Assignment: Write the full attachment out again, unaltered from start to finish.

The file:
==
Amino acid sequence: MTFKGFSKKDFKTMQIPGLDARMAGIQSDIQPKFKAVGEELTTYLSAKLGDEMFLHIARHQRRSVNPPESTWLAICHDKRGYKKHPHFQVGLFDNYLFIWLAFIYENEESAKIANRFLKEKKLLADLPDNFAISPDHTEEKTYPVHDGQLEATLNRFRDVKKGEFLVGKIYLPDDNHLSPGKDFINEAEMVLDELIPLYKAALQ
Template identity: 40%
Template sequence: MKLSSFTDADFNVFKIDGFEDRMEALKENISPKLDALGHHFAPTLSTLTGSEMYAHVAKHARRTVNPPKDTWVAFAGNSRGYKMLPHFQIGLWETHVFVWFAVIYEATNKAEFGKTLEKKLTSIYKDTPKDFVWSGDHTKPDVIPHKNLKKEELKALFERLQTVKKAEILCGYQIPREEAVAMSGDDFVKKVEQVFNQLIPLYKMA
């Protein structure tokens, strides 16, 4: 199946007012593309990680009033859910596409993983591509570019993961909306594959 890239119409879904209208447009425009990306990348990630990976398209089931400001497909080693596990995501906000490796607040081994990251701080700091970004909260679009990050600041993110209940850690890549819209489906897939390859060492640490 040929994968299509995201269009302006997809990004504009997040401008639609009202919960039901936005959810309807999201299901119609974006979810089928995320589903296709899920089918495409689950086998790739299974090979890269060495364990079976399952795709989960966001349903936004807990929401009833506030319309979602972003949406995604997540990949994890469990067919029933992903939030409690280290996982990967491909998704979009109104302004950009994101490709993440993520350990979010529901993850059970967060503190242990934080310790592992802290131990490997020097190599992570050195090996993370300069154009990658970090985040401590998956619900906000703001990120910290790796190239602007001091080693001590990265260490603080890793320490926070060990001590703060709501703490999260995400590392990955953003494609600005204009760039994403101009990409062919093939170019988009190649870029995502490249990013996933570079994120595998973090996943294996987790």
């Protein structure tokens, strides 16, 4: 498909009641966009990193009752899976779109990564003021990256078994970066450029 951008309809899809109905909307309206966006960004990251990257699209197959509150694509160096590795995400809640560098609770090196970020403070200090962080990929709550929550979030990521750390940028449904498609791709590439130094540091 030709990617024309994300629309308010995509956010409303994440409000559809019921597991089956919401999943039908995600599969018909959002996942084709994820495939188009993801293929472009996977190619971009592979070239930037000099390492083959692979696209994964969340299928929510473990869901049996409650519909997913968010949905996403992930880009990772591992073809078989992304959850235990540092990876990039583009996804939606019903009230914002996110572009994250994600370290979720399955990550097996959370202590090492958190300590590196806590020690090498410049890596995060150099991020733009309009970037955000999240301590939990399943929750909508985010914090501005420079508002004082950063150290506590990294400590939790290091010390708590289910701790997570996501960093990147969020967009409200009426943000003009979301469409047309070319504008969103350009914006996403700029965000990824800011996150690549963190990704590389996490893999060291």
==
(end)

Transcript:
Amino acid sequence: MTFKGFSKKDFKTMQIPGLDARMAGIQSDIQPKFKAVGEELTTYLSAKLGDEMFLHIARHQRRSVNPPESTWLAICHDKRGYKKHPHFQVGLFDNYLFIWLAFIYENEESAKIANRFLKEKKLLADLPDNFAISPDHTEEKTYPVHDGQLEATLNRFRDVKKGEFLVGKIYLPDDNHLSPGKDFINEAEMVLDELIPLYKAALQ
Template identity: 40%
Template sequence: MKLSSFTDADFNVFKIDGFEDRMEALKENISPKLDALGHHFAPTLSTLTGSEMYAHVAKHARRTVNPPKDTWVAFAGNSRGYKMLPHFQIGLWETHVFVWFAVIYEATNKAEFGKTLEKKLTSIYKDTPKDFVWSGDHTKPDVIPHKNLKKEELKALFERLQTVKKAEILCGYQIPREEAVAMSGDDFVKKVEQVFNQLIPLYKMA
């Protein structure tokens, strides 16, 4: 199946007012593309990680009033859910596409993983591509570019993961909306594959 890239119409879904209208447009425009990306990348990630990976398209089931400001497909080693596990995501906000490796607040081994990251701080700091970004909260679009990050600041993110209940850690890549819209489906897939390859060492640490 040929994968299509995201269009302006997809990004504009997040401008639609009202919960039901936005959810309807999201299901119609974006979810089928995320589903296709899920089918495409689950086998790739299974090979890269060495364990079976399952795709989960966001349903936004807990929401009833506030319309979602972003949406995604997540990949994890469990067919029933992903939030409690280290996982990967491909998704979009109104302004950009994101490709993440993520350990979010529901993850059970967060503190242990934080310790592992802290131990490997020097190599992570050195090996993370300069154009990658970090985040401590998956619900906000703001990120910290790796190239602007001091080693001590990265260490603080890793320490926070060990001590703060709501703490999260995400590392990955953003494609600005204009760039994403101009990409062919093939170019988009190649870029995502490249990013996933570079994120595998973090996943294996987790």
């Protein structure tokens, strides 16, 4: 498909009641966009990193009752899976779109990564003021990256078994970066450029 951008309809899809109905909307309206966006960004990251990257699209197959509150694509160096590795995400809640560098609770090196970020403070200090962080990929709550929550979030990521750390940028449904498609791709590439130094540091 030709990617024309994300629309308010995509956010409303994440409000559809019921597991089956919401999943039908995600599969018909959002996942084709994820495939188009993801293929472009996977190619971009592979070239930037000099390492083959692979696209994964969340299928929510473990869901049996409650519909997913968010949905996403992930880009990772591992073809078989992304959850235990540092990876990039583009996804939606019903009230914002996110572009994250994600370290979720399955990550097996959370202590090492958190300590590196806590020690090498410049890596995060150099991020733009309009970037955000999240301590939990399943929750909508985010914090501005420079508002004082950063150290506590990294400590939790290091010390708590289910701790997570996501960093990147969020967009409200009426943000003009979301469409047309070319504008969103350009914006996403700029965000990824800011996150690549963190990704590389996490893999060291």